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“Cast Away”: How to do a centuries-old story in a modern movie.

This article originally appeared on MovieRob’s blog, here.

I was invited to do this article by MovieRob for his Genre Grandeur series for February, and he asked me to choose the genre. I decided to do Nautical Films–movies that take place in, around, under, or have something significant to do with the sea. Thanks to Rob for hosting this event! I’ve chosen to analyze Robert Zemeckis’s 2000 film Cast Away.

The call of the sea is something that you either feel or you don’t. I’ve been drawn to it my whole life, always fascinated by ships, their stories and their history. My latest science fiction novel takes place aboard a cruise ship, my 2006 book Life Without Giamotti takes place partially on a submarine, and years ago I wrote a whole book about the “life” of an ocean liner. You’ll also see I’ve done a number of articles on my blog tagged “nautical.” I think the unspoken call of the sea is part of why stories about it have such a long and robust tradition, both in literature and in film. Cast Away, the 2000 adventure drama film by director Robert Zemeckis, is about the most classic and basic sea story that’s ever been told: a man who’s stranded alone on a deserted island. Yet that simple premise, which was done in English-language literature most notably by Daniel Defoe’s 1719 novel Robinson Crusoe, seems as compelling to us today as it did 300 years ago, and Cast Away is the master blueprint of how to do a centuries-old story in a modern movie.

Cast Away begins at the Christmas holidays in 1995, when Chuck Noland (Tom Hanks), a restless and hard-working executive for Federal Express, is juggling family, his academic girlfriend Kelly (Helen Hunt) who’s finishing her dissertation, and the heavy travel demands of his job. Just after Christmas he goes on a business trip to Malaysia on a FedEx plane. The plane crashes in a violent storm, killing all of the handful of people on board except Chuck, who washes up on a deserted island somewhere in the South Pacific. Using wreckage from the plane–including the contents of FedEx packages the craft was transporting–Chuck has to survive as best he can, figuring out where to get food, how to make fire and solve various other problems, including an impacted molar. Chuck’s only “companion” is a volleyball, on which he paints a face and talks to, calling it Wilson. (Spoiler alert) After four years on the island Chuck builds a raft and is eventually rescued and returned to civilization, but finds his life irrevocably changed, as everyone he left behind, including Kelly, gave him up for dead years ago.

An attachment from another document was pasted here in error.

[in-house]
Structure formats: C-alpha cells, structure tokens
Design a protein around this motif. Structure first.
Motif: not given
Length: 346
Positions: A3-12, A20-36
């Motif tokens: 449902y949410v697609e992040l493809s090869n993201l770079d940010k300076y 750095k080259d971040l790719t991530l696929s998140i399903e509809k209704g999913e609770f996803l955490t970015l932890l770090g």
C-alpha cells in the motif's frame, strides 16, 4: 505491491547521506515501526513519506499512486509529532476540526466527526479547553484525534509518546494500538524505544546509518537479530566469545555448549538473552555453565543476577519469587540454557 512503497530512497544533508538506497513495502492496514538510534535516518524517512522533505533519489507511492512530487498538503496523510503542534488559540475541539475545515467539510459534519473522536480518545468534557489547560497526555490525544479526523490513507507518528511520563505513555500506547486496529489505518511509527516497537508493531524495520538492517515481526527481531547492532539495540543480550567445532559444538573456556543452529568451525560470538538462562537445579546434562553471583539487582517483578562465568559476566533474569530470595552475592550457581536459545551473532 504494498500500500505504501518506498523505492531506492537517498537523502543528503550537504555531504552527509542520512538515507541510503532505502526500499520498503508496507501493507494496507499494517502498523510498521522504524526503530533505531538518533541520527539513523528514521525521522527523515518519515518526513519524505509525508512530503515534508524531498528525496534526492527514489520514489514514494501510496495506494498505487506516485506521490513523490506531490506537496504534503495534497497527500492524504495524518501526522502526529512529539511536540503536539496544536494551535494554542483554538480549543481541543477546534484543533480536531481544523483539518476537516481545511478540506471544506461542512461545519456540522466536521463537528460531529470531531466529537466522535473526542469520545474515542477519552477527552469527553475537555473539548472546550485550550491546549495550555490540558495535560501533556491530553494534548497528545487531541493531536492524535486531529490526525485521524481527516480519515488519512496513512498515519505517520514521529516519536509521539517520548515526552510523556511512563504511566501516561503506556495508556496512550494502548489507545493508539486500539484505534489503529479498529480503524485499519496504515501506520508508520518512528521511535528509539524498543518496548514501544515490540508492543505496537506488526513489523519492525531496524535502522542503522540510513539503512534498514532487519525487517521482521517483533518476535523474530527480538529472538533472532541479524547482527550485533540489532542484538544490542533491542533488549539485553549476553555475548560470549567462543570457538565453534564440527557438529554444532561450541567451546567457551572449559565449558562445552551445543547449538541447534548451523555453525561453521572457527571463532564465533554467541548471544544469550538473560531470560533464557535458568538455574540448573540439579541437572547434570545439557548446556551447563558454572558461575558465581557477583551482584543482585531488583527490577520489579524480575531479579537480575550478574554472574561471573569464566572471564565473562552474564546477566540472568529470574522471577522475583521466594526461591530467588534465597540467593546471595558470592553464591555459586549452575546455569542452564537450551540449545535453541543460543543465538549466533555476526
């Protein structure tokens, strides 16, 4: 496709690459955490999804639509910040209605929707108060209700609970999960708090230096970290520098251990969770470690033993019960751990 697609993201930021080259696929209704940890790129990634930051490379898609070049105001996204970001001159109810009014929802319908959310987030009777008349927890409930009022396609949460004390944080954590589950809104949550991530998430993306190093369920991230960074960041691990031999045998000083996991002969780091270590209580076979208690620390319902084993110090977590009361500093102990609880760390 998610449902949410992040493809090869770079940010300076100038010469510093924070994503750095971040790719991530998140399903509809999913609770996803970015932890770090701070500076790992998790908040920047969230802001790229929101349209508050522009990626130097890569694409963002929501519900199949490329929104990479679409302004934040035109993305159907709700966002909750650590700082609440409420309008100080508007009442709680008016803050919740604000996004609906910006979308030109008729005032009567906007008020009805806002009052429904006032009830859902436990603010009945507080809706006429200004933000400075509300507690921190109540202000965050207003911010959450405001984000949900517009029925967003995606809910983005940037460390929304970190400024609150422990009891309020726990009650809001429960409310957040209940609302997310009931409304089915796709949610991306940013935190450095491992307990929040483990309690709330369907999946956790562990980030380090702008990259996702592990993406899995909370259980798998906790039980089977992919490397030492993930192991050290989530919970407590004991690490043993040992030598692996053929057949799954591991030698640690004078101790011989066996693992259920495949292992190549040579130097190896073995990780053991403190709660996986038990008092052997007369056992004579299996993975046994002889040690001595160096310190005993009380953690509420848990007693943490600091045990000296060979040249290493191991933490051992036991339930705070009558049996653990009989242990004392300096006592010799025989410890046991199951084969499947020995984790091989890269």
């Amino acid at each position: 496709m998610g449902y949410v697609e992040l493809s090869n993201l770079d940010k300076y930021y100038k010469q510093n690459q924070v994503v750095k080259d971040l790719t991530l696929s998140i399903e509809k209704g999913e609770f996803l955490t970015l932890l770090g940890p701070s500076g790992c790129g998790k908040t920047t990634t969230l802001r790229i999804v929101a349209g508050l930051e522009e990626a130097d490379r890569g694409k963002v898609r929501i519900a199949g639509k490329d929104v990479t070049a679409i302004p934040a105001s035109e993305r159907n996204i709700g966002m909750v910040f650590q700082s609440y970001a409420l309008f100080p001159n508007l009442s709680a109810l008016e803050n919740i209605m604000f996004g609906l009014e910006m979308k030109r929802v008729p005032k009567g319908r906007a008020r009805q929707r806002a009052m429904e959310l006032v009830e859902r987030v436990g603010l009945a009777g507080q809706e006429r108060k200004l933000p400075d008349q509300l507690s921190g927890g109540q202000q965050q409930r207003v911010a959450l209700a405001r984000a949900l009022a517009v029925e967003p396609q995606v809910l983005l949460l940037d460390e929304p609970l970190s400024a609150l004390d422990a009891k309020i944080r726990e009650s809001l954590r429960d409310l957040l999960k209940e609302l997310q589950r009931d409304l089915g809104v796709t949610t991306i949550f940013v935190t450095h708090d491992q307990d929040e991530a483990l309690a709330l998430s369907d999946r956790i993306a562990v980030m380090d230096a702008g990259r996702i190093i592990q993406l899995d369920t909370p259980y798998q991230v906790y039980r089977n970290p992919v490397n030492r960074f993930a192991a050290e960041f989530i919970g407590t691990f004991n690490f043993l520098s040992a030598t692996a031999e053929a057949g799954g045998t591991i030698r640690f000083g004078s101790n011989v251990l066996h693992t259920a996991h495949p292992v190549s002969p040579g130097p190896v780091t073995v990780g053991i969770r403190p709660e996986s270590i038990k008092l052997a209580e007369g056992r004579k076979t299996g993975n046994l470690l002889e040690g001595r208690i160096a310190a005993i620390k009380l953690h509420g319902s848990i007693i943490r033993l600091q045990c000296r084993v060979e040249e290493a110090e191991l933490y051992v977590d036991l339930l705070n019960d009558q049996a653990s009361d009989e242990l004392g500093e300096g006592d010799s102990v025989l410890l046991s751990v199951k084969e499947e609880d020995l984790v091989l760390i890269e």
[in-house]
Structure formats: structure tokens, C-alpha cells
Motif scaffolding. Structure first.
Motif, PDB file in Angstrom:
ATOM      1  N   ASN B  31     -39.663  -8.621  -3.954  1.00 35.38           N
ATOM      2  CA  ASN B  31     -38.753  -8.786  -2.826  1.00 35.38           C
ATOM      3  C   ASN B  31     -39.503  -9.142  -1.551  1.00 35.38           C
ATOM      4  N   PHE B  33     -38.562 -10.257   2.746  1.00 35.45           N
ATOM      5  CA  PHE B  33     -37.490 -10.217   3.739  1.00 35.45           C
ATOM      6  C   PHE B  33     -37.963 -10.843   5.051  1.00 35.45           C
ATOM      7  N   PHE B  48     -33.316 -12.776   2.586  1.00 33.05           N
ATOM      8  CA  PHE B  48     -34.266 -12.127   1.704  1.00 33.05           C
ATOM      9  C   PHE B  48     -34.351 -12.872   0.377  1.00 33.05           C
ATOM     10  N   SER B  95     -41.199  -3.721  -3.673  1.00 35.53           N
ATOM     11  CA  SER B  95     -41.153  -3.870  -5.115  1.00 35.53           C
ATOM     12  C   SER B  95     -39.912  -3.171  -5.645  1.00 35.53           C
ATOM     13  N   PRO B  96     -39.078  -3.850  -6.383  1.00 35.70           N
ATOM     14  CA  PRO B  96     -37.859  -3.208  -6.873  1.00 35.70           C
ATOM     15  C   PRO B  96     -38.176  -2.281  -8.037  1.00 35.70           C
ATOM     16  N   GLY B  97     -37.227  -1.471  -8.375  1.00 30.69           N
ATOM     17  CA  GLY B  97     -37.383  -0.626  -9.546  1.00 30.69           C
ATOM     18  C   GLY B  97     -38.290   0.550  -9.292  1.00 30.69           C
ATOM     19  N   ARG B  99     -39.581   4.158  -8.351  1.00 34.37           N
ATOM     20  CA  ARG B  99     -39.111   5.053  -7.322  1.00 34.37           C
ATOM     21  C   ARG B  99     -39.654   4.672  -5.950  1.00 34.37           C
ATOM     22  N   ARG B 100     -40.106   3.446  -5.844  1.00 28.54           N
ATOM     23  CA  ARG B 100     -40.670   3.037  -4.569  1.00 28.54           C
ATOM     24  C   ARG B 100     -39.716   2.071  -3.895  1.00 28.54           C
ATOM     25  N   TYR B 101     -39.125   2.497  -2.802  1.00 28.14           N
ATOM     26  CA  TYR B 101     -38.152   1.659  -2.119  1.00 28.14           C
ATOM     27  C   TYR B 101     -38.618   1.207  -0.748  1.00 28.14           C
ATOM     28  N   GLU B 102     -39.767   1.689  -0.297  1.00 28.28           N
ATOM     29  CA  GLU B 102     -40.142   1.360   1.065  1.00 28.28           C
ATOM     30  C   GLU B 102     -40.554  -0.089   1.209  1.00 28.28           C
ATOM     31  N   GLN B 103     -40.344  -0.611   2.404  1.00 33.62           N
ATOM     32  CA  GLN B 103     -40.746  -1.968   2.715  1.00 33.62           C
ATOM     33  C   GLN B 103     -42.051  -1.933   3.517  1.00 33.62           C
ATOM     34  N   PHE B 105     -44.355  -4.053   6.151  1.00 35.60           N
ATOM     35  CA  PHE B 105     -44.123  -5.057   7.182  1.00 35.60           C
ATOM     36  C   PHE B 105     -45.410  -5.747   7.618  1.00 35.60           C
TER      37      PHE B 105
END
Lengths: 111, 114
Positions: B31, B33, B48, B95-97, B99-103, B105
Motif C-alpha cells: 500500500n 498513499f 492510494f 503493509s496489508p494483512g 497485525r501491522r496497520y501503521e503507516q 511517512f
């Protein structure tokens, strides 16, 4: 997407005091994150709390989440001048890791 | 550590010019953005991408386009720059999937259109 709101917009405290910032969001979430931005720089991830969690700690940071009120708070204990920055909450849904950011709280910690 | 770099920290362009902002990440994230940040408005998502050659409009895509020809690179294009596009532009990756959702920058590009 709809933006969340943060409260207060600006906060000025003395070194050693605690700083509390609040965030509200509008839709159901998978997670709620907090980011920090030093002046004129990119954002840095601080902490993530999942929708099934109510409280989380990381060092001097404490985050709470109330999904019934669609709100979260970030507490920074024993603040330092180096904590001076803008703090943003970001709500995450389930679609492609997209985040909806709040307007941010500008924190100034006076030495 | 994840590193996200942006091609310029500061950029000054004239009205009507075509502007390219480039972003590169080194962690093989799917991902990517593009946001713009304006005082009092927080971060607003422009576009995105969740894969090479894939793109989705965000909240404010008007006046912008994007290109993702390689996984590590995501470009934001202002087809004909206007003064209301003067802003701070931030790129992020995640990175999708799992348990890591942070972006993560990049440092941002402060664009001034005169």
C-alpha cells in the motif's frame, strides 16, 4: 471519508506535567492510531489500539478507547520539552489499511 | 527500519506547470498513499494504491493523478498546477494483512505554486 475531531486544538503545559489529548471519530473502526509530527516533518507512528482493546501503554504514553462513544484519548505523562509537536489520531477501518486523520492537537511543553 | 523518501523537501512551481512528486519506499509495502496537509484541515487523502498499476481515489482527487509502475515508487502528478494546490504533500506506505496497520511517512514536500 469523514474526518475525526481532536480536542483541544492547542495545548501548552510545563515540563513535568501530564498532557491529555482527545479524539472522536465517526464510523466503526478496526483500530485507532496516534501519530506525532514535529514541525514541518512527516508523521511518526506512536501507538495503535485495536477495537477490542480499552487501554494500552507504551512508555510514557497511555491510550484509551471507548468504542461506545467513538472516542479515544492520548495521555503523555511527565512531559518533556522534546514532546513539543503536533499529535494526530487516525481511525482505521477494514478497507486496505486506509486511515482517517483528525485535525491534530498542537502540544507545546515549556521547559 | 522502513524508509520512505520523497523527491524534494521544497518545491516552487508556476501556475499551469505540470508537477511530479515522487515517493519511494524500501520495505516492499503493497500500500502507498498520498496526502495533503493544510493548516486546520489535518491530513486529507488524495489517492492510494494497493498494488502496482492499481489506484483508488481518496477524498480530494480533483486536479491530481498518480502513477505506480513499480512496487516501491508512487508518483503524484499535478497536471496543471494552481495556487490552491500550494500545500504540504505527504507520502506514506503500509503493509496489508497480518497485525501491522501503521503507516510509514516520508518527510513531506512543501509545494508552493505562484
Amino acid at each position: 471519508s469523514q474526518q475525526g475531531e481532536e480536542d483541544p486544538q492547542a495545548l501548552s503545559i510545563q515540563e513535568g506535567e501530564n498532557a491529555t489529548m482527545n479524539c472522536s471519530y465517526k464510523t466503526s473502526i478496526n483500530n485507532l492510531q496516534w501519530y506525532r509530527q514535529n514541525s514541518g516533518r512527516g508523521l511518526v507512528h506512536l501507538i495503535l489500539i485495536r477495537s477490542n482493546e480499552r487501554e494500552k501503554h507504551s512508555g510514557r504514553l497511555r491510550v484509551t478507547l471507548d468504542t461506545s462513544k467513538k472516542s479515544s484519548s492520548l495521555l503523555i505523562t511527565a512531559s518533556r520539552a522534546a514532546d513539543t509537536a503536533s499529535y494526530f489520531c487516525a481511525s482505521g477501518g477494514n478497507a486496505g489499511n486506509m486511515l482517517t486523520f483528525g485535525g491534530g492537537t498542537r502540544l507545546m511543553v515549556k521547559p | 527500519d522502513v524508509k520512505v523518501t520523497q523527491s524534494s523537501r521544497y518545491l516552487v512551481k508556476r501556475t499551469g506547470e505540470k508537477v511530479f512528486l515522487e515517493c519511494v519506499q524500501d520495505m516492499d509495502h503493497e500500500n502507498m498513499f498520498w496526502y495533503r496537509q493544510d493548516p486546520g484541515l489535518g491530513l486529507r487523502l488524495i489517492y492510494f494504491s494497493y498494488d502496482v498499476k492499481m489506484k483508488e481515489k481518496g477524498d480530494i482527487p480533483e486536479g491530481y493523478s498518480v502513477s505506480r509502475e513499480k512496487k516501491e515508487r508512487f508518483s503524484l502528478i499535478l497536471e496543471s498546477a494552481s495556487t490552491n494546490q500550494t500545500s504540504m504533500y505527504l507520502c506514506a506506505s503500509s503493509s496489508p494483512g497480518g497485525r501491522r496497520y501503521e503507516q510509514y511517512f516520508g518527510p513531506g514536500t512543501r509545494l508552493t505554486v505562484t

As beautifully simple as its basic premise is, Cast Away is a complicated movie, and it was an extremely ambitious one. For one, it’s an incredibly tall order for an actor to go through almost an entire film completely alone, talking only to himself and inanimate objects. Tom Hanks rises to the challenge, never better in his career (in my opinion) than he is here; add to the acting challenge a grueling physical one, having to go from a pudgy middle-aged executive to an almost emaciated island native who’s used to living off the land. Director Zemeckis treats the material with the utmost care and subtlety, carefully avoiding the various story and tone pitfalls that could easily have turned the film into either a sappy melodrama or a boring survival picture. A lesser director would have simply assumed that Chuck’s struggle to survive on the island would be interesting to an audience by definition. Not Zemeckis. It’s not an interesting story just to see anyone try to survive on a tropical island. He and Hanks want us, the audience, to go along with the picture because we want to see the character of Chuck survive. This is an important distinction.